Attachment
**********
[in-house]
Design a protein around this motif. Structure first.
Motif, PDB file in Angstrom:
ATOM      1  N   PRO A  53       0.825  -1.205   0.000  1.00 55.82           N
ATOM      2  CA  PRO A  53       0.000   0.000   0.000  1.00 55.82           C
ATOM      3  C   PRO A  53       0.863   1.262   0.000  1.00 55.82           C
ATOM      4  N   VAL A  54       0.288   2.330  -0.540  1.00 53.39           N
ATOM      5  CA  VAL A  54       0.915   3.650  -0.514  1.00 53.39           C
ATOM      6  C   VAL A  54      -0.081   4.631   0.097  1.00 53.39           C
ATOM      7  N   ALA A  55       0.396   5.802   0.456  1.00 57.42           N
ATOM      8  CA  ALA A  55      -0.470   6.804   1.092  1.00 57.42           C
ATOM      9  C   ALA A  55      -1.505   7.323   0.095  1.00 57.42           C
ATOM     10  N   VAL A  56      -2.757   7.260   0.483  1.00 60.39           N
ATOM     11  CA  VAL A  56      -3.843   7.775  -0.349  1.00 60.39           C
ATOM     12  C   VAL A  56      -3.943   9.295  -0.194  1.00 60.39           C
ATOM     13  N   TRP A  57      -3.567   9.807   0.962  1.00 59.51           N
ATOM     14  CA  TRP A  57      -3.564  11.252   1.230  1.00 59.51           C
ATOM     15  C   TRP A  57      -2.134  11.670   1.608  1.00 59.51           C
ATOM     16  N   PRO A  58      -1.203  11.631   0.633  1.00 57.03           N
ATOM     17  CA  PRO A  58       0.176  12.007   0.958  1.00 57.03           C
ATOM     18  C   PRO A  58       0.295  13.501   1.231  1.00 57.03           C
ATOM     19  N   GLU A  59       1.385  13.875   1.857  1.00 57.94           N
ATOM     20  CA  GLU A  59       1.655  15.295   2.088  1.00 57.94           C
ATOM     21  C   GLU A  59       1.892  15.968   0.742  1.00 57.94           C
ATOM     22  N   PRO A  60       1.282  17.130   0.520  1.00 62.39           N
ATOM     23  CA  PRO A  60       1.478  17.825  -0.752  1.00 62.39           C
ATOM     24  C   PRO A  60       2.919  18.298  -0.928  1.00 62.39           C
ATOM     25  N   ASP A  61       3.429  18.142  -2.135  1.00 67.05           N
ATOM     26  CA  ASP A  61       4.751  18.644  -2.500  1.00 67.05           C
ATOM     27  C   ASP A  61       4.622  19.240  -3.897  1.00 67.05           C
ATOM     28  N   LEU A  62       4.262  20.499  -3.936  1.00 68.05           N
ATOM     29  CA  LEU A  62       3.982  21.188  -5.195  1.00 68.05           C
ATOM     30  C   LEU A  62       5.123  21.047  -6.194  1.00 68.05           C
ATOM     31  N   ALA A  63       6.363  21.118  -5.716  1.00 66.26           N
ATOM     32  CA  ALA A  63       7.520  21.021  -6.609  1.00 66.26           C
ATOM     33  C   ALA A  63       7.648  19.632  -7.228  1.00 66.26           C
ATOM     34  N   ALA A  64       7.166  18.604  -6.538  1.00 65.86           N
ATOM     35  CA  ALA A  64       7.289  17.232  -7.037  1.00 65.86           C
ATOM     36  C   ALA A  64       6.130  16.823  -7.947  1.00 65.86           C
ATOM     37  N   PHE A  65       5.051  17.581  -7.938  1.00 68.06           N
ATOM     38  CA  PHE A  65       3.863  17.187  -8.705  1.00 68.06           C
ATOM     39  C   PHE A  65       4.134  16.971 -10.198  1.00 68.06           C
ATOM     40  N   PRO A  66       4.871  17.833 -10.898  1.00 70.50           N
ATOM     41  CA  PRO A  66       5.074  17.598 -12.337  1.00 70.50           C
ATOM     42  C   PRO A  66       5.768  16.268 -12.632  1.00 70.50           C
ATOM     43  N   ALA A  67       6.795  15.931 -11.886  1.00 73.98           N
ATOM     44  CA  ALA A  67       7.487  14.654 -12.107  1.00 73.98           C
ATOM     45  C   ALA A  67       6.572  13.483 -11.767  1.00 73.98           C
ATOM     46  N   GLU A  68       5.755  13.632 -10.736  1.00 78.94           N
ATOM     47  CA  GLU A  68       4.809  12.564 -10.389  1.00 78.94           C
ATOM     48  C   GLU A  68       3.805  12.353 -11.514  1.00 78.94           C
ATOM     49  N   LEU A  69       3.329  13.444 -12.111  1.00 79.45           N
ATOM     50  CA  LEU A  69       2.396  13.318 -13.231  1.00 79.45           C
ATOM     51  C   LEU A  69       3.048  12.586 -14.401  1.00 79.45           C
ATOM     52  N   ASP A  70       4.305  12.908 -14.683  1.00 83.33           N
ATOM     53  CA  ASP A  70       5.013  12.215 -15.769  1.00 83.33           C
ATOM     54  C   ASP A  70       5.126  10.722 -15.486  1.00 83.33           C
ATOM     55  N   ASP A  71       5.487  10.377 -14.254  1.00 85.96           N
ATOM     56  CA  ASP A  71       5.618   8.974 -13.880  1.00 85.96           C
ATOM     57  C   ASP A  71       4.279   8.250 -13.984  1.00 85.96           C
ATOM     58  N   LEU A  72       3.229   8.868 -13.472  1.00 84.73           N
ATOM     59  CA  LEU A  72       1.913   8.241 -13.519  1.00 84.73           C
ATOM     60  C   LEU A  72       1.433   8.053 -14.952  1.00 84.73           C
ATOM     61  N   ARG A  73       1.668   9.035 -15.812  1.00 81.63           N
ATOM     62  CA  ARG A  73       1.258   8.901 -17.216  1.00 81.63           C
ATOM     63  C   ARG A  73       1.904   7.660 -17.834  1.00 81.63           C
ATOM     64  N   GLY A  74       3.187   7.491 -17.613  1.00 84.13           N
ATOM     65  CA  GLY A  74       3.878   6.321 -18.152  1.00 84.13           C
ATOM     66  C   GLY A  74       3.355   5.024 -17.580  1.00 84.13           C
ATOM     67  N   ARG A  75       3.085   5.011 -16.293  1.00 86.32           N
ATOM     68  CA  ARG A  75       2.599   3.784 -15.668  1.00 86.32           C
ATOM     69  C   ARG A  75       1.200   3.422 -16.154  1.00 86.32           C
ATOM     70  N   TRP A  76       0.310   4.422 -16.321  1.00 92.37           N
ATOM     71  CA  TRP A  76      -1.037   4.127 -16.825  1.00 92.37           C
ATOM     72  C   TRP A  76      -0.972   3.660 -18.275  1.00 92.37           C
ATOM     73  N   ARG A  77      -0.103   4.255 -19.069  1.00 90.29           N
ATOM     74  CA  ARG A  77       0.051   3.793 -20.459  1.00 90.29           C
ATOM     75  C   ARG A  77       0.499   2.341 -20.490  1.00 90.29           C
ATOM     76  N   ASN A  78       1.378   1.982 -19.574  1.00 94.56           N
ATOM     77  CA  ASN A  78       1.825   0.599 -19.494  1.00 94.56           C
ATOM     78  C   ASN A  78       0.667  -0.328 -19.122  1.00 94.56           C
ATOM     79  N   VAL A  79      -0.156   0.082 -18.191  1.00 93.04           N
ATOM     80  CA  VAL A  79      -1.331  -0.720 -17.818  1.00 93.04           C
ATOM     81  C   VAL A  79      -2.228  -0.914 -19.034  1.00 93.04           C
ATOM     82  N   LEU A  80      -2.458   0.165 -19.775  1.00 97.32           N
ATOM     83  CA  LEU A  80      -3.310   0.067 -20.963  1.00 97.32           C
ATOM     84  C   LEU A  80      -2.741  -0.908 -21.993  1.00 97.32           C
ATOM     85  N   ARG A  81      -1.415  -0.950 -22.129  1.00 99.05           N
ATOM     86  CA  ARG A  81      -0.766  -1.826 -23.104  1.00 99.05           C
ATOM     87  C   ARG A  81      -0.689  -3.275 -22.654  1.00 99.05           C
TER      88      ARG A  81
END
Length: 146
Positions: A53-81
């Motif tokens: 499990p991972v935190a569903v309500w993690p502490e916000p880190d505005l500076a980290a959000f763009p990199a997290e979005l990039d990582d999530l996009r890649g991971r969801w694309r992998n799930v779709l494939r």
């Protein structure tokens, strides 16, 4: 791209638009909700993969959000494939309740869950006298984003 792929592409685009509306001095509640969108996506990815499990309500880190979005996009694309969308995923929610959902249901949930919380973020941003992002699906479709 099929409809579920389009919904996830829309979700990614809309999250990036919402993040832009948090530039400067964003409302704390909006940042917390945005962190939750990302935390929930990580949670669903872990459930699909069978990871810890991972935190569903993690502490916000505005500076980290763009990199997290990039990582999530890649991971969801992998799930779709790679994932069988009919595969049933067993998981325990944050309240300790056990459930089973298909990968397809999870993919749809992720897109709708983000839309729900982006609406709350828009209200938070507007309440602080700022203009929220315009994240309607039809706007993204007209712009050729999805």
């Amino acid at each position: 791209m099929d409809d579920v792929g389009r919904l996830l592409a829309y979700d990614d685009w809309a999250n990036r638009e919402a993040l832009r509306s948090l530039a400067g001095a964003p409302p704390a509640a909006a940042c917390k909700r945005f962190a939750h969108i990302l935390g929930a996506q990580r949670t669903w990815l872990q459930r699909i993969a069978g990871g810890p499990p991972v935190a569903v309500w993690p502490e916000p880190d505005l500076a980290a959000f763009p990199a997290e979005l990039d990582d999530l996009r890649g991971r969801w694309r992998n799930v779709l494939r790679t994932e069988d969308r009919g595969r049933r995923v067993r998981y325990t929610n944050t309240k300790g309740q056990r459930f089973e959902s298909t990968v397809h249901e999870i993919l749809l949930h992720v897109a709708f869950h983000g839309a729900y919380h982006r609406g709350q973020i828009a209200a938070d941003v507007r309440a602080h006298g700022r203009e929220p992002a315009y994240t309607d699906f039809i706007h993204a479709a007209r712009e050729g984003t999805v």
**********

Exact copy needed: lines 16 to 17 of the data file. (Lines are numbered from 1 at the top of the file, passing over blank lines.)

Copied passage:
ATOM     13  N   TRP A  57      -3.567   9.807   0.962  1.00 59.51           N
ATOM     14  CA  TRP A  57      -3.564  11.252   1.230  1.00 59.51           C